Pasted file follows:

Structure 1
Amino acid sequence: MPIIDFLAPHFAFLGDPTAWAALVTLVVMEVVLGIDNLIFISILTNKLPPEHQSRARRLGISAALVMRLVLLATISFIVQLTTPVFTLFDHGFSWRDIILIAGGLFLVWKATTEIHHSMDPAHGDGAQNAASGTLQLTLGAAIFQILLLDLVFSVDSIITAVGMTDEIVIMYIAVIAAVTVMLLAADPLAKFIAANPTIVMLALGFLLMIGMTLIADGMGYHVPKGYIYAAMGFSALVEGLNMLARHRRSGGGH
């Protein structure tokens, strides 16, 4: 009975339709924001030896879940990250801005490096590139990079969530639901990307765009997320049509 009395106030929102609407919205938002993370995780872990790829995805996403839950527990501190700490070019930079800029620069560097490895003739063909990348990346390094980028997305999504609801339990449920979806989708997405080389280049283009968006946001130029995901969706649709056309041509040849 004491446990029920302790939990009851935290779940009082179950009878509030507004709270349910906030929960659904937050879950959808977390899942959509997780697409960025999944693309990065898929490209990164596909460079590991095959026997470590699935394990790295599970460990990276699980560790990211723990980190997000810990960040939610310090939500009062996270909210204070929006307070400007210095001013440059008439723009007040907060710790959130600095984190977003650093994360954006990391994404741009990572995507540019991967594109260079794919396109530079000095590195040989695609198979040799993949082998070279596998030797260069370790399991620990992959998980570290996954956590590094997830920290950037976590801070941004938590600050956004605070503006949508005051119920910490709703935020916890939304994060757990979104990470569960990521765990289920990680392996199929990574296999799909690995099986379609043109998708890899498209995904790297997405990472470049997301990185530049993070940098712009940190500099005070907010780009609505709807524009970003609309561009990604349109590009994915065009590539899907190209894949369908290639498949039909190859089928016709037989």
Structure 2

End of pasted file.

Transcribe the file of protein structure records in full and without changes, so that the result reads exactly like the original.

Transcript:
Structure 1
Amino acid sequence: MPIIDFLAPHFAFLGDPTAWAALVTLVVMEVVLGIDNLIFISILTNKLPPEHQSRARRLGISAALVMRLVLLATISFIVQLTTPVFTLFDHGFSWRDIILIAGGLFLVWKATTEIHHSMDPAHGDGAQNAASGTLQLTLGAAIFQILLLDLVFSVDSIITAVGMTDEIVIMYIAVIAAVTVMLLAADPLAKFIAANPTIVMLALGFLLMIGMTLIADGMGYHVPKGYIYAAMGFSALVEGLNMLARHRRSGGGH
């Protein structure tokens, strides 16, 4: 009975339709924001030896879940990250801005490096590139990079969530639901990307765009997320049509 009395106030929102609407919205938002993370995780872990790829995805996403839950527990501190700490070019930079800029620069560097490895003739063909990348990346390094980028997305999504609801339990449920979806989708997405080389280049283009968006946001130029995901969706649709056309041509040849 004491446990029920302790939990009851935290779940009082179950009878509030507004709270349910906030929960659904937050879950959808977390899942959509997780697409960025999944693309990065898929490209990164596909460079590991095959026997470590699935394990790295599970460990990276699980560790990211723990980190997000810990960040939610310090939500009062996270909210204070929006307070400007210095001013440059008439723009007040907060710790959130600095984190977003650093994360954006990391994404741009990572995507540019991967594109260079794919396109530079000095590195040989695609198979040799993949082998070279596998030797260069370790399991620990992959998980570290996954956590590094997830920290950037976590801070941004938590600050956004605070503006949508005051119920910490709703935020916890939304994060757990979104990470569960990521765990289920990680392996199929990574296999799909690995099986379609043109998708890899498209995904790297997405990472470049997301990185530049993070940098712009940190500099005070907010780009609505709807524009970003609309561009990604349109590009994915065009590539899907190209894949369908290639498949039909190859089928016709037989």
Structure 2